Islands are the thing. I knew that quite well when I was working out my new kitchen layout, but there wasn't room for an island, so I had to made do with a peninsular unit, instead.
Yes, I love it, thanks. I really flipping love it.
But that word, peninsular...it's just slightly a sign of compromise, somehow, so I think I might be going to christen my peninsular unit the chersonese.
Well, I would if I wanted to show off, anyway.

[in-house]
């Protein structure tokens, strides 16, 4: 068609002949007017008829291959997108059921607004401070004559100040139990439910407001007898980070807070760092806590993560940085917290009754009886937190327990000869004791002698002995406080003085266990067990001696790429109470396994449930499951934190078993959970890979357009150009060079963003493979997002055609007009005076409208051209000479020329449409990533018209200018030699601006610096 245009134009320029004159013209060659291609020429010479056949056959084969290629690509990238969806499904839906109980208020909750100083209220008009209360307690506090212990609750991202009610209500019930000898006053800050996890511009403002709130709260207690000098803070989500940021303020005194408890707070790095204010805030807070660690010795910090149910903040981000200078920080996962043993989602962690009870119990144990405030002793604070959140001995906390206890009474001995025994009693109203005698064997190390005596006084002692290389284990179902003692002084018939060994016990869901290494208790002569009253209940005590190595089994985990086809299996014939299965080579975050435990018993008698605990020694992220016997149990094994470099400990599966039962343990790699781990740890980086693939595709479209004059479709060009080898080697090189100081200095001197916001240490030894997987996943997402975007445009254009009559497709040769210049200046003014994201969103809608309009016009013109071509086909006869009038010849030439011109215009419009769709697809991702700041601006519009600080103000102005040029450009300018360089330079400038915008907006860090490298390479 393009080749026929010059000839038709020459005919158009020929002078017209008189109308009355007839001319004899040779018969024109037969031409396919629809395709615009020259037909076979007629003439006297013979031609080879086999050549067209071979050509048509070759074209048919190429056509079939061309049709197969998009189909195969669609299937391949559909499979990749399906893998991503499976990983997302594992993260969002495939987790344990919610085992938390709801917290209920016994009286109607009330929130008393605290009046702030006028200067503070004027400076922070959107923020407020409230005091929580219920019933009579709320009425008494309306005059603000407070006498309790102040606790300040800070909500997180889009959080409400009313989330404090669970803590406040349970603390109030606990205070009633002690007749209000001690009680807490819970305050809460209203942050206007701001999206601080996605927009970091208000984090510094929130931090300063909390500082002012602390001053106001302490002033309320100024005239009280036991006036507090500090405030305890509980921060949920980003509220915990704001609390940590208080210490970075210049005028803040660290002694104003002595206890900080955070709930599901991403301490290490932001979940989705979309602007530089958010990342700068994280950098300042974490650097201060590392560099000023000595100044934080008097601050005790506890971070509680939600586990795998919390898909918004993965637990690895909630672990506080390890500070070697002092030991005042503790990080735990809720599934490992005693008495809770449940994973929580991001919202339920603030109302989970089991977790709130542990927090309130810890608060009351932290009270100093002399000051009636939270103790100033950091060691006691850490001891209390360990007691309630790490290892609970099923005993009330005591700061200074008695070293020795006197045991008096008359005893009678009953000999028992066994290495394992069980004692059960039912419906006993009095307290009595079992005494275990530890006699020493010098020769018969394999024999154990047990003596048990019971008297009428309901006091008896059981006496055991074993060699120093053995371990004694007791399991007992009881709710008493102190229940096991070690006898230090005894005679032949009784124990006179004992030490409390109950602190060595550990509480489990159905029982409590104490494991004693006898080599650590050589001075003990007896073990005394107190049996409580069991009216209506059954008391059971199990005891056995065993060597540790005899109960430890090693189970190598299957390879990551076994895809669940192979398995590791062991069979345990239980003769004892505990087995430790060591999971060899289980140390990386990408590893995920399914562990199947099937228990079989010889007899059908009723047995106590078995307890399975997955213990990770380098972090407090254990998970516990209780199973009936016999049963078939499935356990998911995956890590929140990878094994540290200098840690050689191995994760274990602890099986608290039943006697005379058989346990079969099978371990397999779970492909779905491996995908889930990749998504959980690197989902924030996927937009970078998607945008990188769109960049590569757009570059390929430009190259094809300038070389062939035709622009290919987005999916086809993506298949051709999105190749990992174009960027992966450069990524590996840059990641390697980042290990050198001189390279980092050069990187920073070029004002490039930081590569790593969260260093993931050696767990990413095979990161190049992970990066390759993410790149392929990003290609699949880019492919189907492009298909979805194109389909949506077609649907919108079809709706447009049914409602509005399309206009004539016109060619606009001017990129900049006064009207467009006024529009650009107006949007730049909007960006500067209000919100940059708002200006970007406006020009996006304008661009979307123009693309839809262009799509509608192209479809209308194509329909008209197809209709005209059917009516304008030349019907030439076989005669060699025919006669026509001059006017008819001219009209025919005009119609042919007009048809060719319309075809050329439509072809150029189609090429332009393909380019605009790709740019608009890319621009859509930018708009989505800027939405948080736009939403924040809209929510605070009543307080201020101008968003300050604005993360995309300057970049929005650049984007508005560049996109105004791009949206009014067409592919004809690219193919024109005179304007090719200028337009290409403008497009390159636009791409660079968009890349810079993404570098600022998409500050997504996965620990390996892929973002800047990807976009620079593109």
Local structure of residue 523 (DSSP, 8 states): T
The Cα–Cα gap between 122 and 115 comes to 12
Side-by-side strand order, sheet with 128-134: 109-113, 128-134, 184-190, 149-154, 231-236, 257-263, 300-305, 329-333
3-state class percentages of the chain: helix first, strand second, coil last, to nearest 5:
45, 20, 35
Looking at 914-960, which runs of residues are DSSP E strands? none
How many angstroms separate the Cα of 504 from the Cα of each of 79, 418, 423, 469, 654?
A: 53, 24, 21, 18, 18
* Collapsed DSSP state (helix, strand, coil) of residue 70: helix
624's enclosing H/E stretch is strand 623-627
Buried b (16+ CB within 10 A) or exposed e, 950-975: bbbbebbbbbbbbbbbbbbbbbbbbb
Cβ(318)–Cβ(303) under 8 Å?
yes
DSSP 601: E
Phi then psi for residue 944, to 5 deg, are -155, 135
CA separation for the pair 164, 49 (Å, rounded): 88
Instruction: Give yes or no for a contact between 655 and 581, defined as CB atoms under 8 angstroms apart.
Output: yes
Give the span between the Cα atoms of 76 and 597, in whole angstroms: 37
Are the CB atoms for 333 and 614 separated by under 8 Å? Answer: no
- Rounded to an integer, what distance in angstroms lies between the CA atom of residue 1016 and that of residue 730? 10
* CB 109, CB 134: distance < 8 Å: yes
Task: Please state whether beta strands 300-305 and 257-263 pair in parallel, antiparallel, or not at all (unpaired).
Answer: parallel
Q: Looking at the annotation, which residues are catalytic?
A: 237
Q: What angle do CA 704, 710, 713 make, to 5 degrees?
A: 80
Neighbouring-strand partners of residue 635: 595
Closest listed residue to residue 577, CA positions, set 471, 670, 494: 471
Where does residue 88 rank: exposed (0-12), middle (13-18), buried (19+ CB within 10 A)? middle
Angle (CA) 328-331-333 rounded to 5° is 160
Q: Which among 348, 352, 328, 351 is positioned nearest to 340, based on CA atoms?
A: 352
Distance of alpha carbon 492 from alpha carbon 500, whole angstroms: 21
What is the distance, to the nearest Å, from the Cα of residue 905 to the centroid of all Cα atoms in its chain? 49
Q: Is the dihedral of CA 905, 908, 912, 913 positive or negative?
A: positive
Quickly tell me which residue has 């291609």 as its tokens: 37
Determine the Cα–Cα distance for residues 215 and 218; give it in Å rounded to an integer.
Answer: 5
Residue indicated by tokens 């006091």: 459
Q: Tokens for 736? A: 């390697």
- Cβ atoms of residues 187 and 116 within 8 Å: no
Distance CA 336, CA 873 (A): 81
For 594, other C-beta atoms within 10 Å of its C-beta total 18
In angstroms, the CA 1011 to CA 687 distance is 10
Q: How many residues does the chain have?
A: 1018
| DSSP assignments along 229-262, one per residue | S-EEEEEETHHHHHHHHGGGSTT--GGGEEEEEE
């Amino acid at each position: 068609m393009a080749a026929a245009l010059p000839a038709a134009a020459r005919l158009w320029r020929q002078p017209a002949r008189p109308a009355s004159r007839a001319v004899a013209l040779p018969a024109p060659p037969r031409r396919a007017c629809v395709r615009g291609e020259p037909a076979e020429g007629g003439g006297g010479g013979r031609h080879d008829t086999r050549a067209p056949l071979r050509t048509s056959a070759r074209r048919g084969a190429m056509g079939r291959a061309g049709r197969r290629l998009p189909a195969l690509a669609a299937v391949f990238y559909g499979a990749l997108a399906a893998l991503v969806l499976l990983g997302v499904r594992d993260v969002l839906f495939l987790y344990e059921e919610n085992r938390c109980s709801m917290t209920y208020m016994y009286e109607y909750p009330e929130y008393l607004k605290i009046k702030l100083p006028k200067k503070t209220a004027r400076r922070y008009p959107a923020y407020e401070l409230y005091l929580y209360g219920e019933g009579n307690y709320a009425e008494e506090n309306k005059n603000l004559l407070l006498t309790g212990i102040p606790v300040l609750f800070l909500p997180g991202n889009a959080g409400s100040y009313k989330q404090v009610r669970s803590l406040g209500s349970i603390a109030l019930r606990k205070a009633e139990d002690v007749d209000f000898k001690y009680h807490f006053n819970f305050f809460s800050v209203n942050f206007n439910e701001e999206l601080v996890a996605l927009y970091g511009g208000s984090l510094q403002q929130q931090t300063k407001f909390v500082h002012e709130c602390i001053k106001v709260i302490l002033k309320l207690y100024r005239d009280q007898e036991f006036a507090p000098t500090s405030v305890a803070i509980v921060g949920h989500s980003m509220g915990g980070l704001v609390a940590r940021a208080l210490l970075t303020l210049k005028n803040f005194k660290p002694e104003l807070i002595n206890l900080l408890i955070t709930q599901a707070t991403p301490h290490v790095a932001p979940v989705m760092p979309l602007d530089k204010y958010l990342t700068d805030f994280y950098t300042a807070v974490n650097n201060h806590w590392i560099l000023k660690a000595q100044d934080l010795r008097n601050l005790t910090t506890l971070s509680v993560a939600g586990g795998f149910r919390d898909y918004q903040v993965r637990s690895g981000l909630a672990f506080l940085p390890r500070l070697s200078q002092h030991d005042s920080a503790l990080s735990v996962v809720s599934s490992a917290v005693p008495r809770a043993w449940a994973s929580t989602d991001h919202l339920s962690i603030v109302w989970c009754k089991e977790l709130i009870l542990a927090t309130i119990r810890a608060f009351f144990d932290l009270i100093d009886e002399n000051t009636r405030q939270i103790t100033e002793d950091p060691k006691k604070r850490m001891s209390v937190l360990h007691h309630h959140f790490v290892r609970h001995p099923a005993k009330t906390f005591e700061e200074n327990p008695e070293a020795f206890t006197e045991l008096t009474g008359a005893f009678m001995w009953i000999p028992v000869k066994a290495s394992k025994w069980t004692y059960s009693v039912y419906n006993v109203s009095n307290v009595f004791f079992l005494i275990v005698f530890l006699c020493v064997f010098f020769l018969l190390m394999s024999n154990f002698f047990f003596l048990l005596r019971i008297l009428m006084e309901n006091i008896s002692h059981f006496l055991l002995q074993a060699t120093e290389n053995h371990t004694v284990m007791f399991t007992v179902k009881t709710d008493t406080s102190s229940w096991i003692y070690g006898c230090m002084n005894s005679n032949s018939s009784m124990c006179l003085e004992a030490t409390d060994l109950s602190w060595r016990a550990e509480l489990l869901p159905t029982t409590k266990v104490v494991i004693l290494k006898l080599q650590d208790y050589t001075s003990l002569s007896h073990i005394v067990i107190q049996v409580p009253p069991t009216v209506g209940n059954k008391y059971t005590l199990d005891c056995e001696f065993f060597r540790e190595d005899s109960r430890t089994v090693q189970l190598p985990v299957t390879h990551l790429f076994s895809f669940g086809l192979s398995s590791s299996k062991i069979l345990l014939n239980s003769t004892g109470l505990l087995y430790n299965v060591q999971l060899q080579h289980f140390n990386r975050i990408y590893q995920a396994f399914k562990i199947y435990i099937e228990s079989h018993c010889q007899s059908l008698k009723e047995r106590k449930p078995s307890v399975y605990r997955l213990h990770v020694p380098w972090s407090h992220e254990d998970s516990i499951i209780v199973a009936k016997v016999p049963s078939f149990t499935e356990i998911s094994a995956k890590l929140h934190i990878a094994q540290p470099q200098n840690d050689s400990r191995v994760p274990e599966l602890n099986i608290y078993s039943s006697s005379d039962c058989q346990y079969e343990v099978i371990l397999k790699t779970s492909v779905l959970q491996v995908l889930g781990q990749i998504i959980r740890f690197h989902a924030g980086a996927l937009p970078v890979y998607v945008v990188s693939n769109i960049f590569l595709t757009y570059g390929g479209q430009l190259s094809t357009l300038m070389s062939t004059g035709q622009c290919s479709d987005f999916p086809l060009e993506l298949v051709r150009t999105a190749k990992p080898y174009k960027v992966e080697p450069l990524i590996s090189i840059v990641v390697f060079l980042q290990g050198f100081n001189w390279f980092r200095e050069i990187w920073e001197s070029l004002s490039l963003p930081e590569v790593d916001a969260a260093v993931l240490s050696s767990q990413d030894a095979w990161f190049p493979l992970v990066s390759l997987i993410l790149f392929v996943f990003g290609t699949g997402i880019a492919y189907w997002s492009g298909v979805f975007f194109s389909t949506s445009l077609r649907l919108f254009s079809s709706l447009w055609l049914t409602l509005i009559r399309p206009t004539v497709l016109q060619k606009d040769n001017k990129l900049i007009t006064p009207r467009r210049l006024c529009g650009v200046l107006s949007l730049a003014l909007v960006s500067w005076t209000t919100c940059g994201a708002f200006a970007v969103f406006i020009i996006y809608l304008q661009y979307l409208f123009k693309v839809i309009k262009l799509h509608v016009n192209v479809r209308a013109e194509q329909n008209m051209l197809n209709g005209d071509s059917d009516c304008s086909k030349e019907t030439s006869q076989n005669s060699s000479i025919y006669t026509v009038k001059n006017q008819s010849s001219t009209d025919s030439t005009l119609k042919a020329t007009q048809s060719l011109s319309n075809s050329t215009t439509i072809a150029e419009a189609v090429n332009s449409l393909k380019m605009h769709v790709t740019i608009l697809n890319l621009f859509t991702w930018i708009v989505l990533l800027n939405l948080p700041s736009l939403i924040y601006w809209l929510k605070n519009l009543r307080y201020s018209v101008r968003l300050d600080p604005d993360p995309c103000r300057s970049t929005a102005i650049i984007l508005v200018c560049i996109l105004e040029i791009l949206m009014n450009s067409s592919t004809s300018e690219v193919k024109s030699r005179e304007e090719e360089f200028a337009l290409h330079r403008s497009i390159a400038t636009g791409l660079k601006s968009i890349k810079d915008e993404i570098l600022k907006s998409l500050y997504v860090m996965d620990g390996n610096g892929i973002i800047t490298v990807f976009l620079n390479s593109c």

Sadly, though, as I don't, I think I'm going to have to carry on calling it a table.
The Golden Chersonese, drawn by Nicolaus Germanus in 1467 after Ptolomy's Geography. It's thought to be the place now known as the Malay Peninsula. Some have claimed it as the kingdom of Caspar, who brought gold as a gift to the infant Christ.
Word To Use Today: chersonese. This word turned up in English in the 1600s but never really caught on except with the more refined poets. They got it from Latin, but of course it's really a Greek word, khersonēsos, from khersos, dry (as in land) and nēsos, island.